In 1983, Doege moved the store to its “classic” location on South Virginia Street, behind the McDonalds, near the corner of Virginia Street and Kietzke Lane. The store was in that location for 24 years, and expanded three times: from 900 feet to 1,200 feet to 2,100 feet to 3,000 feet. From 1988 to ’93, Doege operated a second location on Rock Boulevard near Sparks High School. And from ’98 to ’07, there was a satellite store on North Virginia near the University of Nevada, Reno.

In 2007, in reaction to rising rent costs, Doege moved both the South and North Virginia stores to one location, the shopping center at the southeast corner of Kietzke and Moana lanes. It’s a shopping center where there was once a Target and a Mervyns, both of which are now empty. Without a major anchor, the shopping center has grown increasingly desolate. In five years in that location, which included an economic downturn you might have heard about, Recycled Records weathered on in relative isolation. The store was its own destination, the kind of place that customers would find only by going out of their way.

“There’s no walk-in traffic,” says Doege. “There’s never people walking by, saying, ‘Oh, there’s a record store there.’ During summertime, I might get a little reaction from people getting an ice cream cone from Swensen’s, but in general we didn’t get any kind of walk-in traffic.”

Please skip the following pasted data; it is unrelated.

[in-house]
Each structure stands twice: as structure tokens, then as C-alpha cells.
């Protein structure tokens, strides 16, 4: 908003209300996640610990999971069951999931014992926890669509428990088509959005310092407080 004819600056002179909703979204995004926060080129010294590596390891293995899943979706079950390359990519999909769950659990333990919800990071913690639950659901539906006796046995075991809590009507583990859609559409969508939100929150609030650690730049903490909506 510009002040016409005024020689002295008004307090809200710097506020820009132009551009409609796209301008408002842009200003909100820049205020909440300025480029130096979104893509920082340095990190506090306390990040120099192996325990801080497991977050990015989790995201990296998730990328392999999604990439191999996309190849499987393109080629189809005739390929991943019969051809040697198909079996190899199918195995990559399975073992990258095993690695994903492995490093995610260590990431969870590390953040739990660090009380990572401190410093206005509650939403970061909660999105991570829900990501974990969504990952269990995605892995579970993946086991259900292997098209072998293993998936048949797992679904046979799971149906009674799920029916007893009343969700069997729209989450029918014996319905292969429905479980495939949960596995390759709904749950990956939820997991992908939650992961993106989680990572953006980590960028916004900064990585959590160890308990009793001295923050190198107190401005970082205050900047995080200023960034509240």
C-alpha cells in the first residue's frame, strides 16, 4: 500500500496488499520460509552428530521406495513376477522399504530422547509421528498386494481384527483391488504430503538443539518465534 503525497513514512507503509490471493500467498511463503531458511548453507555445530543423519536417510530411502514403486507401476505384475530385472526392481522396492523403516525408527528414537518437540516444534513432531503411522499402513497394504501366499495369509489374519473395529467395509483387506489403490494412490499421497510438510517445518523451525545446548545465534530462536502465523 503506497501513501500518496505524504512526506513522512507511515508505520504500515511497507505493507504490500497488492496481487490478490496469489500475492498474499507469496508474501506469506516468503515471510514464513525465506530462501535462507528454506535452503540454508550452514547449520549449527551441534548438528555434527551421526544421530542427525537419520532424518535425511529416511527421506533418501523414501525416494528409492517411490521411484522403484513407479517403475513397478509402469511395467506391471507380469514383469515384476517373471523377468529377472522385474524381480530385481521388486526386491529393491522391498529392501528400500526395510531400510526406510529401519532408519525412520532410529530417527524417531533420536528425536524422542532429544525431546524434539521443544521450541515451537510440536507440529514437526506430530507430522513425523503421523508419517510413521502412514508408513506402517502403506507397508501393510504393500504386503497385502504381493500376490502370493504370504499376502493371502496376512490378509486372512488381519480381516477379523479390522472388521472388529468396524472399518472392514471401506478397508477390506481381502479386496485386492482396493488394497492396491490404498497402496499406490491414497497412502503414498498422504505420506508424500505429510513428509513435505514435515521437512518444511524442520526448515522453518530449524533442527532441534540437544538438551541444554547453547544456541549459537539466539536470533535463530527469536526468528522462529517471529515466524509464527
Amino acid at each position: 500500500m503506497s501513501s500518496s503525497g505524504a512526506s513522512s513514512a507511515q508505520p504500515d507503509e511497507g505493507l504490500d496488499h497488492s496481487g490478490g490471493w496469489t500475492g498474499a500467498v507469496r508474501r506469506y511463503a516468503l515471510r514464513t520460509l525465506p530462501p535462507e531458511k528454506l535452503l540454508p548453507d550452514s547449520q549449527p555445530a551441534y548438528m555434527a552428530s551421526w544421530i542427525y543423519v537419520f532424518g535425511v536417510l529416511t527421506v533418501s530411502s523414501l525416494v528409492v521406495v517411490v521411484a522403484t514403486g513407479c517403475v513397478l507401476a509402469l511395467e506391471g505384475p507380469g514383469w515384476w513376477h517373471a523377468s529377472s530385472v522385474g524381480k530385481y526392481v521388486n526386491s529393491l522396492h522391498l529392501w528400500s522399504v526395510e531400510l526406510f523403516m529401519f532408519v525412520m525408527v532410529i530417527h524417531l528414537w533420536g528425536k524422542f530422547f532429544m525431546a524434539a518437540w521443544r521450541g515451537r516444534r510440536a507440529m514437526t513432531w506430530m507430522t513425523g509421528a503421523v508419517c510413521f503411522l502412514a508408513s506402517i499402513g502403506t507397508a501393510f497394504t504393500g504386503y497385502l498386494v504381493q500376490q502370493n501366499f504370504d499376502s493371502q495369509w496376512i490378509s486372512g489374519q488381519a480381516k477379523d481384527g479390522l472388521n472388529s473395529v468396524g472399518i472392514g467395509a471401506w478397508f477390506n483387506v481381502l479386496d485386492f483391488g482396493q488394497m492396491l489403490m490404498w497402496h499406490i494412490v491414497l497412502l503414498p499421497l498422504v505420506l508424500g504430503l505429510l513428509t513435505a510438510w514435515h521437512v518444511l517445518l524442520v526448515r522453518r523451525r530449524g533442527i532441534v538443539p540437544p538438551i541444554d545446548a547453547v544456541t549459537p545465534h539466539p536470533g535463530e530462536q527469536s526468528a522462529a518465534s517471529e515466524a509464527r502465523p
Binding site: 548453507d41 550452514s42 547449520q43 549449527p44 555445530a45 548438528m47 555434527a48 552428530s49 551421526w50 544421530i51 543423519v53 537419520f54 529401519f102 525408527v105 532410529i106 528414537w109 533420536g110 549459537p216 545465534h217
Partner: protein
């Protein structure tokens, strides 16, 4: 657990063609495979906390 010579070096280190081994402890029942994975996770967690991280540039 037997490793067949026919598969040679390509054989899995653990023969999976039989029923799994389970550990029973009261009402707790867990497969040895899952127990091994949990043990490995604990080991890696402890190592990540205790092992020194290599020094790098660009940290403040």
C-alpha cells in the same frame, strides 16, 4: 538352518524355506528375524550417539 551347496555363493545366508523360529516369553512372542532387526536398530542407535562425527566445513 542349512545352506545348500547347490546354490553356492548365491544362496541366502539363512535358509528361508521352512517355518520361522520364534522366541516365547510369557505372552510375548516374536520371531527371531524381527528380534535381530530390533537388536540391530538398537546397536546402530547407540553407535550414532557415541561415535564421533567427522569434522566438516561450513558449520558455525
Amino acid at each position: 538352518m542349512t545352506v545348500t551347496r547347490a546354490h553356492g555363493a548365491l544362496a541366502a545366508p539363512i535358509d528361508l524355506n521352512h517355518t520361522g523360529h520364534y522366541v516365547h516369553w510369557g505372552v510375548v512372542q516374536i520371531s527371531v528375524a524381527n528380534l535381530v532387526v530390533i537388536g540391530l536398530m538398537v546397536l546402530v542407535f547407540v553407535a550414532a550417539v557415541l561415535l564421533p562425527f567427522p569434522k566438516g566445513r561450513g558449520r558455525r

This lack of walk-in traffic is one of Doege’s primary motivations for moving to the now booming Midtown neighborhood. The Moana location will stay open and fully operational through the end of November, at which point Doege will move the rest of his stock and operation to the new location.

“Midtown is a perfect fit for us,” he says. “The way I look at it, Reno is trying to build a counterculture area. Call it our own little Haight, if you will. You know, when you think of things like the Haight, you think there’s used clothing stores, which we’ve got Plato’s and Junkee. There’s head shops, such as Melting Pot and Twisted Minds, the guys next door to me who do glassware and stuff. There’s sin, like the dirty bookstores. … If you’re building a counterculture area with the used clothing, and the antiques, and the cool little bars, and the kitschy little restaurants, and all that kind of stuff that’s there, a record store fits perfectly.”

The actual Haight Street in San Francisco even has a store called Recycled Records. Doege says there’s no connection that he knows of between the two stores, though he has met the owners. In fact there are many stores called Recycled Records throughout the nation.